Q: What makes QR coding significant when information is already available on the internet?

Accessing information about trees through traditional means like books, research papers, and newspapers has become less popular among students and local people. Reading entire books or searching extensively for specific tree information is time-consuming and uncertain in terms of finding relevant details. Providing information digitally is a better approach as it offers convenience and attracts people through the appeal of digitalization. QR codes enable easy access to specific information about trees, eliminating the need for extensive searches in books or on the internet. This benefits not only individuals without a scientific background but also students from non-science backgrounds, such as arts or commerce, who want to learn about the trees in our local area. By bringing tree information to people's fingertips, QR codes simplify the process of obtaining accurate and relevant details quickly.

Q: What are main achievements of QR coding?

Working on the QR Coding project with my students was a significant achievement. It allowed me to sensitize them about environmental conservation and harness their technological potential. Rather than wasting time on social media, they engaged in meaningful work. The project had a profound impact on the students involved, boosting their confidence and fostering a deeper connection with nature. Notably, it was the first time in India that 9th and 11th-grade students were involved in QR coding of trees. Furthermore, we made history by signing a contract (MOU) between the government authorities and the students of a government school—an unprecedented collaboration. Our success led to invitations from colleges to tag trees with QR codes. I had the privilege of representing the project at prestigious conferences, including the international conference called ETST (Education Today Society Tomorrow) at Asia Plateau, Panchgani, Maharashtra where teacher from different states and abroad participated. Moreover, I trained 119 teachers from various international, ICSE, CBSE, and state board schools at Vishwa Vidyapeeth Bengaluru (Karnataka). The project which we initiated from a small government school in a small district Satna of Madhya Pradesh has expanded to major cities like Thane, Pune, and Bangalore. It is also thriving in international schools like DLRC. We've received invitations from prestigious institutions like Chattarpur University, Pench Tiger Reserve, and Mukundpur White Tiger Safari. Delhi NGOs and the Uttarakhand Forest Department are also interested. This is a remarkable achievement for our young students. Organizing an online national workshop on QR coding of trees was another notable achievement. We received registrations from 20 different states across India, further spreading awareness about our work.  Overall, this project's impact, recognition, and achievements have been significant, both for me and my students, and it has made a positive contribution to environmental conservation in India.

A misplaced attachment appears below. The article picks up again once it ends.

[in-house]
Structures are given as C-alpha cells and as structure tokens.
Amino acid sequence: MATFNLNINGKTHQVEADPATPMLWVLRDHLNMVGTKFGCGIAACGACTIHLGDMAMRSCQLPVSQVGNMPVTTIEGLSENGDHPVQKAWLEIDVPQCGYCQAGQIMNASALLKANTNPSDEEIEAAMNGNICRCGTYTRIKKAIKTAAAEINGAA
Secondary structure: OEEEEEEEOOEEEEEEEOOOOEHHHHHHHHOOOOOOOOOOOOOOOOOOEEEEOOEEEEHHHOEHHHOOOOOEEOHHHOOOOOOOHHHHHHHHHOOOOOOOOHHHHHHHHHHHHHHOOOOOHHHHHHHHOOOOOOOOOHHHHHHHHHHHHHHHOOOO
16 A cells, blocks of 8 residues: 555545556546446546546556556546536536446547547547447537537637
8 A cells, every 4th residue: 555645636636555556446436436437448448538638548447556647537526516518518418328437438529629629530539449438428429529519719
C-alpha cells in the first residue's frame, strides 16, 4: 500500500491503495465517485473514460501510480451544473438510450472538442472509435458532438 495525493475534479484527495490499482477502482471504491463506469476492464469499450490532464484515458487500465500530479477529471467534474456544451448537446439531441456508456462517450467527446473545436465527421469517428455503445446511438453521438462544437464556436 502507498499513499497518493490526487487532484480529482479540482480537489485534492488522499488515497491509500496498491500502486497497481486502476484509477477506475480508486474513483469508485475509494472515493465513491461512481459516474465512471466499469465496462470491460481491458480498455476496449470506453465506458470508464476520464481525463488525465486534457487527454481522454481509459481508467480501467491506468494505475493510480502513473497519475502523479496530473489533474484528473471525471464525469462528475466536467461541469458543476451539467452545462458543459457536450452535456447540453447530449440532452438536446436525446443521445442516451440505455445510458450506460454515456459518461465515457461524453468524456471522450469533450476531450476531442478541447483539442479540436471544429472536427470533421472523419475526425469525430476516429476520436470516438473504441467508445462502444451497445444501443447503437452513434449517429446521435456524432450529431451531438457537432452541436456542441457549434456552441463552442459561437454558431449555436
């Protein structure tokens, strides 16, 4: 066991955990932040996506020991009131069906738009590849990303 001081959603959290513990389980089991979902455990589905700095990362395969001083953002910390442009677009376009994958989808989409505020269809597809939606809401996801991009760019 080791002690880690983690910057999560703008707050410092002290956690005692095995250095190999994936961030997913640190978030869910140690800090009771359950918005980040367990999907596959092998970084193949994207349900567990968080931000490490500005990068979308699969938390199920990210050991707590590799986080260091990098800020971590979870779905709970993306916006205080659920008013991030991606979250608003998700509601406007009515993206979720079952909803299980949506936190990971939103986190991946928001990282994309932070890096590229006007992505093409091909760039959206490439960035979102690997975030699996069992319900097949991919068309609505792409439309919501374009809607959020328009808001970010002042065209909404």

Q: You have also participated in a number of bird and butterfly surveys. How helpful are these in conservation?

Participating in bird surveys like Panna Tiger Reserve, Satpura Tiger Reserve, Naina Devi, and Ratapani Wildlife Sanctuary has been a valuable opportunity for me as a teacher. It allows me to explore the forest and venture into its core, an experience not easily accessible to most people. By being an active learner, I enhance my knowledge and understanding, which greatly benefits my teaching. As a Biology teacher, my firsthand encounters with nature provide me with rich knowledge and information. This enables me to connect my students more effectively with the wonders of the natural world. Moreover, these surveys facilitate interactions with like-minded individuals, enabling us to discuss and collaborate on projects. They also offer insights into the workings of the forest department and provide contacts within the department. This helps us navigate government support and funding opportunities for our projects. Overall, these surveys have proven invaluable in making my teaching and projects more impactful and relevant for my students and the larger society. I firmly believe in thinking globally while acting locally, and through these experiences, I am better equipped to instill this mindset in my student.